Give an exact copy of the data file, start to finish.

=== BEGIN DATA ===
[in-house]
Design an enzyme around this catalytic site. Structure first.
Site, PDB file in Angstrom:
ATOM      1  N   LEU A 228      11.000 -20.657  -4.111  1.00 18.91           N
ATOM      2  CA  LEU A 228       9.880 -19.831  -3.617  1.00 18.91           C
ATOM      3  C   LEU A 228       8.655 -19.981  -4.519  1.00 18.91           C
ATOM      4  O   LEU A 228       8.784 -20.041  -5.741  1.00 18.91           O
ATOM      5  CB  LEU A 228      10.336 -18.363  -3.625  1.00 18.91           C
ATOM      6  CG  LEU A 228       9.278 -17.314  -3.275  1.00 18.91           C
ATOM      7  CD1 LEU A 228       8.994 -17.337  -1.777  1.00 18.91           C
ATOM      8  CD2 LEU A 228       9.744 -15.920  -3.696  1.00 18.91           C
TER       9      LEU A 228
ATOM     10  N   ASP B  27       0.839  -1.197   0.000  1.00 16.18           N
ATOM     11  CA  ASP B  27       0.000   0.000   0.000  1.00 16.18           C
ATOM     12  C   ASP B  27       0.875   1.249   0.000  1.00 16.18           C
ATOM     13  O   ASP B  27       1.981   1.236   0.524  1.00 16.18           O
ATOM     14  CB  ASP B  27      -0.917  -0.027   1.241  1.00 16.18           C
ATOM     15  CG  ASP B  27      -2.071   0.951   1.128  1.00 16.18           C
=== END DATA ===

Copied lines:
[in-house]
Design an enzyme around this catalytic site. Structure first.
Site, PDB file in Angstrom:
ATOM      1  N   LEU A 228      11.000 -20.657  -4.111  1.00 18.91           N
ATOM      2  CA  LEU A 228       9.880 -19.831  -3.617  1.00 18.91           C
ATOM      3  C   LEU A 228       8.655 -19.981  -4.519  1.00 18.91           C
ATOM      4  O   LEU A 228       8.784 -20.041  -5.741  1.00 18.91           O
ATOM      5  CB  LEU A 228      10.336 -18.363  -3.625  1.00 18.91           C
ATOM      6  CG  LEU A 228       9.278 -17.314  -3.275  1.00 18.91           C
ATOM      7  CD1 LEU A 228       8.994 -17.337  -1.777  1.00 18.91           C
ATOM      8  CD2 LEU A 228       9.744 -15.920  -3.696  1.00 18.91           C
TER       9      LEU A 228
ATOM     10  N   ASP B  27       0.839  -1.197   0.000  1.00 16.18           N
ATOM     11  CA  ASP B  27       0.000   0.000   0.000  1.00 16.18           C
ATOM     12  C   ASP B  27       0.875   1.249   0.000  1.00 16.18           C
ATOM     13  O   ASP B  27       1.981   1.236   0.524  1.00 16.18           O
ATOM     14  CB  ASP B  27      -0.917  -0.027   1.241  1.00 16.18           C
ATOM     15  CG  ASP B  27      -2.071   0.951   1.128  1.00 16.18           C